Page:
Corpo's classes are taught by 20 experienced instructors, with five different yoga disciplines to choose from. Channel the power of Greyskull with Anusara, which combines body alignment with the positive, light-hearted philosophies of Tantra, or become a human spider with the eight-limbed path of Ashtanga, which uses a fast-paced, intense combination of positions to connect body, mind, and mat. Mysore yoga uses the positions of Ashtanga yoga, but leaves the pace up to the practitioners, creating an atmosphere of inward reflection and exercise. Vinyasa yoga synchronizes breathing and poses to form a vigorous, body-stretching routine based on the Sun Salutations. Meditation, also one of the five principles of yoga, allows students to gain mental clarity, improve concentration, and discover one's insides.
Dharma Studio co-owner Loree Shrager discovered the healing power of yoga after suffering from severe scoliosis and back pain. Through gentle stretching and gradual strengthening, she was able to carve out periods of relief in her life. Today, she uses her PhD in clinical psychology, her work as a therapist, and her experiences as a mother to inform her teaching. The other half of the Dharma Studio foundation, Natalie Morales, emphasizes self-discovery during her classes, which range from lighthearted Funyasa to challenging yet deeply relaxing Yoga Nidra sessions. Together, the duo promotes a family and community vibe—their children's program was featured on Univision's Primer Impacto, and their studio’s walls display the work of local artists.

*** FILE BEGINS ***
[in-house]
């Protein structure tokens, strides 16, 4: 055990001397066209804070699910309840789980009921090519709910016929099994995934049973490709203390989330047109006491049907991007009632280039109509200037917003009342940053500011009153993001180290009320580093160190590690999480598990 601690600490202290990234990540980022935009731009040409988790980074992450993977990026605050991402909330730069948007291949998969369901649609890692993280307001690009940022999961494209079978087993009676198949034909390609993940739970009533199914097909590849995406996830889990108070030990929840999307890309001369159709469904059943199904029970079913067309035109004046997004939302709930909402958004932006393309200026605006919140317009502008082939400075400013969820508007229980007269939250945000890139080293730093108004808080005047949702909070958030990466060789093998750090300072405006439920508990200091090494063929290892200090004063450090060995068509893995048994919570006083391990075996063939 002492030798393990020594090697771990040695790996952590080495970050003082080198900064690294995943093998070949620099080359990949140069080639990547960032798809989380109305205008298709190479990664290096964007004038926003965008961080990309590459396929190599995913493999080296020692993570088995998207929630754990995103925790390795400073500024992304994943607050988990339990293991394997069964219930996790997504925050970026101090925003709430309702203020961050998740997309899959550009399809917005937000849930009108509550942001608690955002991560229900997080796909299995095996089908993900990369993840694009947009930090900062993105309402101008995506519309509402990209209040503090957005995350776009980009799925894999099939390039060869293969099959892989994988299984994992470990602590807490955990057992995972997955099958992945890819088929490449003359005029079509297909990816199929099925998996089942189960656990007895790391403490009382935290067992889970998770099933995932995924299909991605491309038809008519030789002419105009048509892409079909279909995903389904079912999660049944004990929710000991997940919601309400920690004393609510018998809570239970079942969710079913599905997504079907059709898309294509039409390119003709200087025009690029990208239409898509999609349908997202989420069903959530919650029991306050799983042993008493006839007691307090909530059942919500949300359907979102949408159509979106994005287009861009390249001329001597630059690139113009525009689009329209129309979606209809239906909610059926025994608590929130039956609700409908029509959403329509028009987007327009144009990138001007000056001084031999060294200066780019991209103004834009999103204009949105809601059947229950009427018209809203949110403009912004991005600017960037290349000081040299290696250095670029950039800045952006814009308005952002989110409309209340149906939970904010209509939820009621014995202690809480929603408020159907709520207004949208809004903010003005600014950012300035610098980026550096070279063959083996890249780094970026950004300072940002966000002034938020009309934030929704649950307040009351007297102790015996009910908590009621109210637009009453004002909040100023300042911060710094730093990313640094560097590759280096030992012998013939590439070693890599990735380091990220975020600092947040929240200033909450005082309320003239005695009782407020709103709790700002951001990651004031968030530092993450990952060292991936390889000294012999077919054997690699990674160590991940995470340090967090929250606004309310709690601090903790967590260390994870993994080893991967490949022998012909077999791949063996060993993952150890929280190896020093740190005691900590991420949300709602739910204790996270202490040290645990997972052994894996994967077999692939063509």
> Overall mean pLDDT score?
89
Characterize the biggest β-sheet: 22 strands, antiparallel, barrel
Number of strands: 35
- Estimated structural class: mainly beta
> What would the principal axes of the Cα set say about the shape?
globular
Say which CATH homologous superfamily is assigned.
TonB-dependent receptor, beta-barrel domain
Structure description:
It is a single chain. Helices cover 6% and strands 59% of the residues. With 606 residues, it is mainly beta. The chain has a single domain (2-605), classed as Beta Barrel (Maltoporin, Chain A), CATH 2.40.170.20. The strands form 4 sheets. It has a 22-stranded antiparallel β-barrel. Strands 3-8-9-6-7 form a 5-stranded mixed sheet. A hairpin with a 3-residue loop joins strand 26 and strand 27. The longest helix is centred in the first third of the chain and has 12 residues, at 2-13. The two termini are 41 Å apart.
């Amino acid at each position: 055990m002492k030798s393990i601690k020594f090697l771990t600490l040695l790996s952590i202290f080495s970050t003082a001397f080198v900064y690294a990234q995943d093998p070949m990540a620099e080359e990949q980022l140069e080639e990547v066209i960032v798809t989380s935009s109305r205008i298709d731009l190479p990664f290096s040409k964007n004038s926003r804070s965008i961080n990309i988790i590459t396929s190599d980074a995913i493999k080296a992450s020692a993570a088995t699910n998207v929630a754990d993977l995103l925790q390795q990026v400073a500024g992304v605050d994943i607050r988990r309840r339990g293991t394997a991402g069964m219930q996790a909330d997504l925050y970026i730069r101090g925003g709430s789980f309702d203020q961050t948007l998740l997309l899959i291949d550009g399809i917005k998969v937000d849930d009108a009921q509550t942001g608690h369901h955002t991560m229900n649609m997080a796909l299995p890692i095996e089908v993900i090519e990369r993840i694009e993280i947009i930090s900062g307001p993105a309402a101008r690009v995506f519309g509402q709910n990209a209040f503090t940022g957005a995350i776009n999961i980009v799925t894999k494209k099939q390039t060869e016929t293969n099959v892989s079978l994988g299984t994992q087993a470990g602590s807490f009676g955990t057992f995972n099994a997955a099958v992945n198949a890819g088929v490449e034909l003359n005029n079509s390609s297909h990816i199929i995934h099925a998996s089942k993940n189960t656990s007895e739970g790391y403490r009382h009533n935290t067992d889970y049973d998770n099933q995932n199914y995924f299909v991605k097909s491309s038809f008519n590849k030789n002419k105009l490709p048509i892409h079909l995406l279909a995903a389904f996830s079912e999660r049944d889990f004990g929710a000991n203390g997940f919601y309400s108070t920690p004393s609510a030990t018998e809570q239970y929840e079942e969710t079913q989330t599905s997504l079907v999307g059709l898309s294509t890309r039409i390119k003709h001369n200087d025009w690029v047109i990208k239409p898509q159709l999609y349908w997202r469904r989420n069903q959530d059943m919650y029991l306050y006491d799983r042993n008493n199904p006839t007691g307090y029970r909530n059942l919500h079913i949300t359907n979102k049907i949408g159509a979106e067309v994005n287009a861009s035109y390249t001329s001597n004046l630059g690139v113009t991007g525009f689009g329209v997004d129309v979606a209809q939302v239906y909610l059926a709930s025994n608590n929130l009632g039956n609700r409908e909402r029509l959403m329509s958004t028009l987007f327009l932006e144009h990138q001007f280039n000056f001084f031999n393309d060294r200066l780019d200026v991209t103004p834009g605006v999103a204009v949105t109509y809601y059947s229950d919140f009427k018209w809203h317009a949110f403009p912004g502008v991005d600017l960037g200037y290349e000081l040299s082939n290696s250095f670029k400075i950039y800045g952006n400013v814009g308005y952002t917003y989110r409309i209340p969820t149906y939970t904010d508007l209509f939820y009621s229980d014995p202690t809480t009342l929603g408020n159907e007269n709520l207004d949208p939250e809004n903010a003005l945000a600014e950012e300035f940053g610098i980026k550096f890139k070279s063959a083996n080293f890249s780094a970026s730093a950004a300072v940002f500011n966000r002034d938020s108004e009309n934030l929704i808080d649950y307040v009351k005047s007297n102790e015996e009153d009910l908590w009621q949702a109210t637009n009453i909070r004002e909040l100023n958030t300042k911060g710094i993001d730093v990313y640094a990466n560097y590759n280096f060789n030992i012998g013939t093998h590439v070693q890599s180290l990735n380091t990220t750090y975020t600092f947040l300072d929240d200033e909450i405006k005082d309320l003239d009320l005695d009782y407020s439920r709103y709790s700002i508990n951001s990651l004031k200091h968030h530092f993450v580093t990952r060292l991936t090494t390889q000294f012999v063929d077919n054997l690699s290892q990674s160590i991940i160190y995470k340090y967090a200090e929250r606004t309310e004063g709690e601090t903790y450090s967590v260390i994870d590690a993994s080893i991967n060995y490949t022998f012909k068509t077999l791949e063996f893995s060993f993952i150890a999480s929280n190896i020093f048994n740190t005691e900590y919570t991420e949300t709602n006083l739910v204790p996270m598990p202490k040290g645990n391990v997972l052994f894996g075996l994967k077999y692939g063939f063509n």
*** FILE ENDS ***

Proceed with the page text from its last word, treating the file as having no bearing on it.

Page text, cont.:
To make guests comfortable, Shrager and Morales have compiled a team of compassionate instructors and imbued the studio with a warm ambiance devoid of air horns. The Miami New Times said that the "quaint one-room studio exudes peace, from walls accented with paintings of Buddha to soothing, lingering aromas of incense," and even named it the Best Place to Meet Single Women in 2010. The studio may have earned the title thanks to events such as a Saturday-night Dharma After Dark class, during which live musicians serenade students with guitars, violins, and melodic crystal bowls.
Bikram Yoga is a series of 26 postures performed in a room heated to 105 degrees Fahrenheit. Through this sequence of moves, students stretch out muscles, strengthen their cores, and improve blood circulation. At Bikram Hot Yoga Miami, the staff seeks to share these benefits with anyone who is interested, whether a beginner or an advanced student. After getting acquainted, first-time students can rent a mat and towel, set up their spot inside the carpeted studio, and lie down in svasana before class starts. The vigorous class then inspires serious sweating, dispelling the toxins built up from eating too many lava lamps.
Inside Bikram Yoga Falls's heated practice space, students of all experience levels bend and stretch through Bikram yoga's 26 postures for a challenging yet stress-relieving workout. During the 90-minute classes, instructors lead up to 50 students through a regimented series of poses paired with two pranayama breathing exercises. The classes are designed to increase strength and flexibility while decreasing the body's tension level, clearing the mind of stressful events such as catching the family dog reading your diary. The routine is performed in a studio heated to temperatures hovering around the 100-degree mark, coaxing muscles to sink deeper into stretches and ousting the body's toxins through sweat.
Miami Yogashala's friendly, enthusiastic instructors are fully certified and know how to help students sweat and stretch until they're calm and yet still as energized as an electrical storm in a microwave filled with magnets. If you're new to yoga, this is a great chance to learn poses such as the downward dog, the upward dog, and the omniscient narrator. For experts of the art, Miami Yogashala's classes can further assist in stretching muscles, relieving stiffness and pain, increasing flexibility and strength, and improving range of motion, balance, and posture—all vital to moving up in the corporate world, seeing over the steering wheel, and slicing your morning cheeseburger.